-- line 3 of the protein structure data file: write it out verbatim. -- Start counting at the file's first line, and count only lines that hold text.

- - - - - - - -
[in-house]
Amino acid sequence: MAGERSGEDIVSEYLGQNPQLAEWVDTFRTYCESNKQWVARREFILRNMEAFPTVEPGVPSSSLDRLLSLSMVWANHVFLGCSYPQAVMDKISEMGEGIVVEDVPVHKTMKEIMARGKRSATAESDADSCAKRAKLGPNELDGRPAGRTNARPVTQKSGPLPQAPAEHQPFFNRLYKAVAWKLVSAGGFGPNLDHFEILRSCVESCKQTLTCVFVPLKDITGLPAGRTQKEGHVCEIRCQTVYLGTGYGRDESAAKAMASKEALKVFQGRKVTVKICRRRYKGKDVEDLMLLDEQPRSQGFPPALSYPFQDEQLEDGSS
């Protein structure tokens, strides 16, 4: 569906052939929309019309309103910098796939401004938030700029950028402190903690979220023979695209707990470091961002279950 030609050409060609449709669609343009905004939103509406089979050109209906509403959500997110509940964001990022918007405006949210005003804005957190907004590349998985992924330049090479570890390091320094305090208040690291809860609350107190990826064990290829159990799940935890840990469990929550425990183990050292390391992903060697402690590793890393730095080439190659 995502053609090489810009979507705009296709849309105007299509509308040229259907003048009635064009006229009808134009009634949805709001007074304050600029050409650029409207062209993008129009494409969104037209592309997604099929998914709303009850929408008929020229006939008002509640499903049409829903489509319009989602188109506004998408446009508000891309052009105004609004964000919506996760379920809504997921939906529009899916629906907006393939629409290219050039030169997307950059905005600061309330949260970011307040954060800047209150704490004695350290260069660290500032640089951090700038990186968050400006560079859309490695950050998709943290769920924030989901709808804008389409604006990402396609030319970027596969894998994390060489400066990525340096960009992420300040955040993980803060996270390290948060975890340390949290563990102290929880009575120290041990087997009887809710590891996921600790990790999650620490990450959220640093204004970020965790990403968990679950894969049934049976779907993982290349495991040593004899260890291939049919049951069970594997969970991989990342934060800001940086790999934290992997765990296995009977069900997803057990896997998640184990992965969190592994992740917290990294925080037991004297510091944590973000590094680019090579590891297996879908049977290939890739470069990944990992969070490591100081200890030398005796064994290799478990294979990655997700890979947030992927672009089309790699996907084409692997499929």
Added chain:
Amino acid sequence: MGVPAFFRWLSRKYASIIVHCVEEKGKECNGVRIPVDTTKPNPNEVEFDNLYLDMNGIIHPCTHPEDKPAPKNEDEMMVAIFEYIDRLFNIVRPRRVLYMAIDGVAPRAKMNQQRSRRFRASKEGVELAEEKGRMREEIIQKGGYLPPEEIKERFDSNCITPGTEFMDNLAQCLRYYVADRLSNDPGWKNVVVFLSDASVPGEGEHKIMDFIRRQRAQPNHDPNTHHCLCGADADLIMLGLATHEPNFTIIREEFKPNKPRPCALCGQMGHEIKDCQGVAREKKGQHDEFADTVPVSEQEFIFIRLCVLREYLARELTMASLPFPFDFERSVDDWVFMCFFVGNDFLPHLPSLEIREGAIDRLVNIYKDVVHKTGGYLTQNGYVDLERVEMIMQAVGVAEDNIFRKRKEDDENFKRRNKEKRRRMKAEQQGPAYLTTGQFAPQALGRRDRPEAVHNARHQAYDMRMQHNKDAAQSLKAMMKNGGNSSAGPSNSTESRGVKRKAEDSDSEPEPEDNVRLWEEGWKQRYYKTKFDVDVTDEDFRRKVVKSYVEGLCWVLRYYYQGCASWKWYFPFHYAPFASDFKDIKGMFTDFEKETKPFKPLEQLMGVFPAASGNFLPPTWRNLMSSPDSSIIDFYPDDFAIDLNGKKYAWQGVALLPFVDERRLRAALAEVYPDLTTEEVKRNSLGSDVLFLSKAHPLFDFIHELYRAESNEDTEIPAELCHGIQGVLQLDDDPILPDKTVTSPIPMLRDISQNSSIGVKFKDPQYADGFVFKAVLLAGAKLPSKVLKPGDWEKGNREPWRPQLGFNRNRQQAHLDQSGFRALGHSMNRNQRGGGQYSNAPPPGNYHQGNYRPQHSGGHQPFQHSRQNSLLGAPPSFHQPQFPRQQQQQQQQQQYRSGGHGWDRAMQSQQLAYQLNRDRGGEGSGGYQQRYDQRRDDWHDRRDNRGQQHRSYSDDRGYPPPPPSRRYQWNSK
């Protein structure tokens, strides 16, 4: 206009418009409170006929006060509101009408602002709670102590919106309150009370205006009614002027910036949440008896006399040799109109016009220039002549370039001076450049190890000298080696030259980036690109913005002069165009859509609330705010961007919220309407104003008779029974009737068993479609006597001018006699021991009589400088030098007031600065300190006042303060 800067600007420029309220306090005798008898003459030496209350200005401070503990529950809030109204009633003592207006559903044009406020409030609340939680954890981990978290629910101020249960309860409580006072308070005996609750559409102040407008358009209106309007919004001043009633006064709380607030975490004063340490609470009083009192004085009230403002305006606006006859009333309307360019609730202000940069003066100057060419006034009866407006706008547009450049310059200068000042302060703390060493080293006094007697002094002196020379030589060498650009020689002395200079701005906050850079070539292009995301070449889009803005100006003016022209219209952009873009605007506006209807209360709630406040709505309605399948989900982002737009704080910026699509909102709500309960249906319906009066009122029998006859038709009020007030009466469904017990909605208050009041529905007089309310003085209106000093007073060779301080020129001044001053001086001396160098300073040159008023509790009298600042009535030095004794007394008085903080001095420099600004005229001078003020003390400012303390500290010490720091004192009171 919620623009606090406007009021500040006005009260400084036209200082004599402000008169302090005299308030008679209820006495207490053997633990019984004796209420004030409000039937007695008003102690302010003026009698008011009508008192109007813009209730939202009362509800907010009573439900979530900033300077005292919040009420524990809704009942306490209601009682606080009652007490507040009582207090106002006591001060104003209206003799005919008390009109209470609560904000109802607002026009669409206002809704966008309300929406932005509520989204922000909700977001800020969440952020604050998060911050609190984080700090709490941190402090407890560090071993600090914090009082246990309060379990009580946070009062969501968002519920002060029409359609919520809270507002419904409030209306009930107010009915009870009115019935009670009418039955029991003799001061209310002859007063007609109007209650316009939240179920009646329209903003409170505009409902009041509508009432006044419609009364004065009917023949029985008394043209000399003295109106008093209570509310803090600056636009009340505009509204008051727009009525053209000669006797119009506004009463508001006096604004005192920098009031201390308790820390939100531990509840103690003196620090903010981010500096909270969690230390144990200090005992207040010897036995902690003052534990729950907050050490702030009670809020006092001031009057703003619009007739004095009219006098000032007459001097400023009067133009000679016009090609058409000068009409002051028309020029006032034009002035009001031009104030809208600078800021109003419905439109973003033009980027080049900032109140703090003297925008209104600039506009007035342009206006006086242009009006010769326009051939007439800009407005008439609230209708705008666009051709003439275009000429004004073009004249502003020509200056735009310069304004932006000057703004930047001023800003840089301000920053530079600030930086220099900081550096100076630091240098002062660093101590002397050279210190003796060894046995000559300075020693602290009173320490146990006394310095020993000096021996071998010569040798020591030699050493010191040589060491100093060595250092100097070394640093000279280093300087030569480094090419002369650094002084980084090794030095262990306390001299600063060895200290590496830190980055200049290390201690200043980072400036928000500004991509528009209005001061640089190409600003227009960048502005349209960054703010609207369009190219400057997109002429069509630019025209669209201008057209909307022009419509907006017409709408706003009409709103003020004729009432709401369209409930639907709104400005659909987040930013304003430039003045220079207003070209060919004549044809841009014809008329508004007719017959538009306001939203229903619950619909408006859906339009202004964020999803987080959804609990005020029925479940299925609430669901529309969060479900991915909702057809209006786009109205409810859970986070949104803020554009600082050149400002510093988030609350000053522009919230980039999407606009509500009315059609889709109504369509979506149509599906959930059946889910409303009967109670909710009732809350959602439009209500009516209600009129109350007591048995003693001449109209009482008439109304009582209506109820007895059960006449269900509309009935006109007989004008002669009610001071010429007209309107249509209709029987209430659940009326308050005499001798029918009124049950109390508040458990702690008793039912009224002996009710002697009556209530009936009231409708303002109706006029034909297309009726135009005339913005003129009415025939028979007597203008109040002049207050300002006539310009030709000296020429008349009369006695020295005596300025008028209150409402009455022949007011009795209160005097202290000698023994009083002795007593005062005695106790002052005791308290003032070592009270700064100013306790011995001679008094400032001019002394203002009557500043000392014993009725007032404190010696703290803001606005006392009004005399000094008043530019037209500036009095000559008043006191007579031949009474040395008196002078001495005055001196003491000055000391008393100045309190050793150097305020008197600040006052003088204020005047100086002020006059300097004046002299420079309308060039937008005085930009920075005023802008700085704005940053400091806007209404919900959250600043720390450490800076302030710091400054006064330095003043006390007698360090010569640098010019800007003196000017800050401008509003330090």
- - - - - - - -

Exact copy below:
């Protein structure tokens, strides 16, 4: 569906052939929309019309309103910098796939401004938030700029950028402190903690979220023979695209707990470091961002279950 030609050409060609449709669609343009905004939103509406089979050109209906509403959500997110509940964001990022918007405006949210005003804005957190907004590349998985992924330049090479570890390091320094305090208040690291809860609350107190990826064990290829159990799940935890840990469990929550425990183990050292390391992903060697402690590793890393730095080439190659 995502053609090489810009979507705009296709849309105007299509509308040229259907003048009635064009006229009808134009009634949805709001007074304050600029050409650029409207062209993008129009494409969104037209592309997604099929998914709303009850929408008929020229006939008002509640499903049409829903489509319009989602188109506004998408446009508000891309052009105004609004964000919506996760379920809504997921939906529009899916629906907006393939629409290219050039030169997307950059905005600061309330949260970011307040954060800047209150704490004695350290260069660290500032640089951090700038990186968050400006560079859309490695950050998709943290769920924030989901709808804008389409604006990402396609030319970027596969894998994390060489400066990525340096960009992420300040955040993980803060996270390290948060975890340390949290563990102290929880009575120290041990087997009887809710590891996921600790990790999650620490990450959220640093204004970020965790990403968990679950894969049934049976779907993982290349495991040593004899260890291939049919049951069970594997969970991989990342934060800001940086790999934290992997765990296995009977069900997803057990896997998640184990992965969190592994992740917290990294925080037991004297510091944590973000590094680019090579590891297996879908049977290939890739470069990944990992969070490591100081200890030398005796064994290799478990294979990655997700890979947030992927672009089309790699996907084409692997499929």